Rufus Wainwright is like that: unfiltered family love and dysfunction threaded through whammo pop tunes wrapped in the sequins of more than a little clear-to-those-who-know celebrity.
Louie is a difficult show to advertise because it is the only example of art-television at the moment.
Cassandra Speaks is yet another dazzling vehicle for actor Tod Randolph, who excels in etching brilliant stage portraits of famous, complicated women.
After repeated visits (and you will need several to even scratch this dense content), 9 Artists begins to hang together in satisfying ways.
Ida proffers a cinematic experience that is austere and mesmerizing.
Beau Jest’s playful Apt 4D offers a wonderful opportunity to celebrate the creativity and imagination of the truly extraordinary theater troupe.
Even by Widespread Panic’s intuitive standards, this was a fairly challenging show: The setlist seemed to favor their deeper, less outgoing material.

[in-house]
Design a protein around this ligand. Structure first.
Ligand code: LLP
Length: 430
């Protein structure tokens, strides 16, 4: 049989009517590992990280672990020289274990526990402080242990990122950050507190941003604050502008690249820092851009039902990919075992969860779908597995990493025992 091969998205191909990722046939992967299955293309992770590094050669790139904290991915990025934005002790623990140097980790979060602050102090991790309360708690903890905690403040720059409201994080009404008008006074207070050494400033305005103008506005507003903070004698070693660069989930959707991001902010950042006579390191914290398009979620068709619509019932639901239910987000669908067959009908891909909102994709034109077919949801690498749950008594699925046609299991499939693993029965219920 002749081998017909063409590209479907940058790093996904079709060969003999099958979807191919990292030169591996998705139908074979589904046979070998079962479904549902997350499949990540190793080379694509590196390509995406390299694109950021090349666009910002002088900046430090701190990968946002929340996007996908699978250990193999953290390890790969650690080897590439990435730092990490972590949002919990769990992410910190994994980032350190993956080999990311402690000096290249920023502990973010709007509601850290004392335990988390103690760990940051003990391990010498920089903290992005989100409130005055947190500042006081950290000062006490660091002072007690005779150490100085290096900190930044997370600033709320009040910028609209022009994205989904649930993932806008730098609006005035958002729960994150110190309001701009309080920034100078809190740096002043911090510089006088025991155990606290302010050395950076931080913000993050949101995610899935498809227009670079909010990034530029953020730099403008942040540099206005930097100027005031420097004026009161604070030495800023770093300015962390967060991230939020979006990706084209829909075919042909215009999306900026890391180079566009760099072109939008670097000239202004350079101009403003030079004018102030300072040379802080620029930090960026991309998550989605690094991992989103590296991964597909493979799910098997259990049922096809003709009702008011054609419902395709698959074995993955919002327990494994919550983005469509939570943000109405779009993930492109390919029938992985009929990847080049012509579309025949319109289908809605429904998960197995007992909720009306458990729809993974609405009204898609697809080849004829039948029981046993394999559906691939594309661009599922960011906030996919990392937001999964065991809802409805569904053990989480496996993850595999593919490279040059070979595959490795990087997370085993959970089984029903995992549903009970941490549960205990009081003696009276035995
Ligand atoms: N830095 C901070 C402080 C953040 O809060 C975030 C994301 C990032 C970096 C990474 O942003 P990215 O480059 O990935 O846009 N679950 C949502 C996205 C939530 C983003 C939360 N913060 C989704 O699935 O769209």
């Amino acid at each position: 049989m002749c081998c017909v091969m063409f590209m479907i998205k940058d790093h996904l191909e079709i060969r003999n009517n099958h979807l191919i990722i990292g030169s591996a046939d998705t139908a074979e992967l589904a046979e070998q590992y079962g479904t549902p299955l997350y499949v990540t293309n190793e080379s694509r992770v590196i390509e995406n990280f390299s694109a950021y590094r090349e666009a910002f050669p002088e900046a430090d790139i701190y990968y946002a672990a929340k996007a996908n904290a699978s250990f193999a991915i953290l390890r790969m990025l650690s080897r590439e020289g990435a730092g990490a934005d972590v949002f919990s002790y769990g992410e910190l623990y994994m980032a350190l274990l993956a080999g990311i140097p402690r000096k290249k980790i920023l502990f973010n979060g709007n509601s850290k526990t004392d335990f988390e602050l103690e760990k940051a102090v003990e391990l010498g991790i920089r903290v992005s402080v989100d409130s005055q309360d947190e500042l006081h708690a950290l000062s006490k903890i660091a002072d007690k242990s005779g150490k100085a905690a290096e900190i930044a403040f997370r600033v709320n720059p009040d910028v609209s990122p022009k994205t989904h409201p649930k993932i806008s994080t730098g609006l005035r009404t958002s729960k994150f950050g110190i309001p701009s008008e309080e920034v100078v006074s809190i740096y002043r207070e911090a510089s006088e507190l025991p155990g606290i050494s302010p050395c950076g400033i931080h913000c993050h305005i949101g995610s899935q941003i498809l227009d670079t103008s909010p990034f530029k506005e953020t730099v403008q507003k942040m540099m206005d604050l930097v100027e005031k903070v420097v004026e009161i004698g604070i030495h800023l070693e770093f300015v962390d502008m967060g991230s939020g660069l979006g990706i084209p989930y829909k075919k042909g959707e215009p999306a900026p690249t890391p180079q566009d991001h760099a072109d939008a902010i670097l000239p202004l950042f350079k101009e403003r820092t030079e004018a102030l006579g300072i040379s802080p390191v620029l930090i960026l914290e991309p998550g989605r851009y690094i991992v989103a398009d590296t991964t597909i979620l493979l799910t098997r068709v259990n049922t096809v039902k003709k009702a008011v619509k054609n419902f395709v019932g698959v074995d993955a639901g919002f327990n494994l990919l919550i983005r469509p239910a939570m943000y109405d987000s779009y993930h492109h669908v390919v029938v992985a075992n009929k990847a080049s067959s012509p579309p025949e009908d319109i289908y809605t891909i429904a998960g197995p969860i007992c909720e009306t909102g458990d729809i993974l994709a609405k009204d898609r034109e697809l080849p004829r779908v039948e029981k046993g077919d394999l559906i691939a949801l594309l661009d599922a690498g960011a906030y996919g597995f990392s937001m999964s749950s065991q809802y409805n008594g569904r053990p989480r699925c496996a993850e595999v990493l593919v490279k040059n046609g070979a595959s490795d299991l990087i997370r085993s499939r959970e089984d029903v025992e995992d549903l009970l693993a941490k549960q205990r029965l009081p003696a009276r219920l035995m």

Richard Barnett is familiar with the wide variety of characters that can be found in the American South, and fond of the cadences of their speech—so much so that these preoccupations become a burden.
In this book, personality trumps process, although The Eugene O’Neill’s Theater Center’s purpose is, at its source, process.
The Commonwealth Lyric Theater has again brought to the fore an underperformed, unfamiliar masterpiece well worth getting to know. Good for them and lucky for us.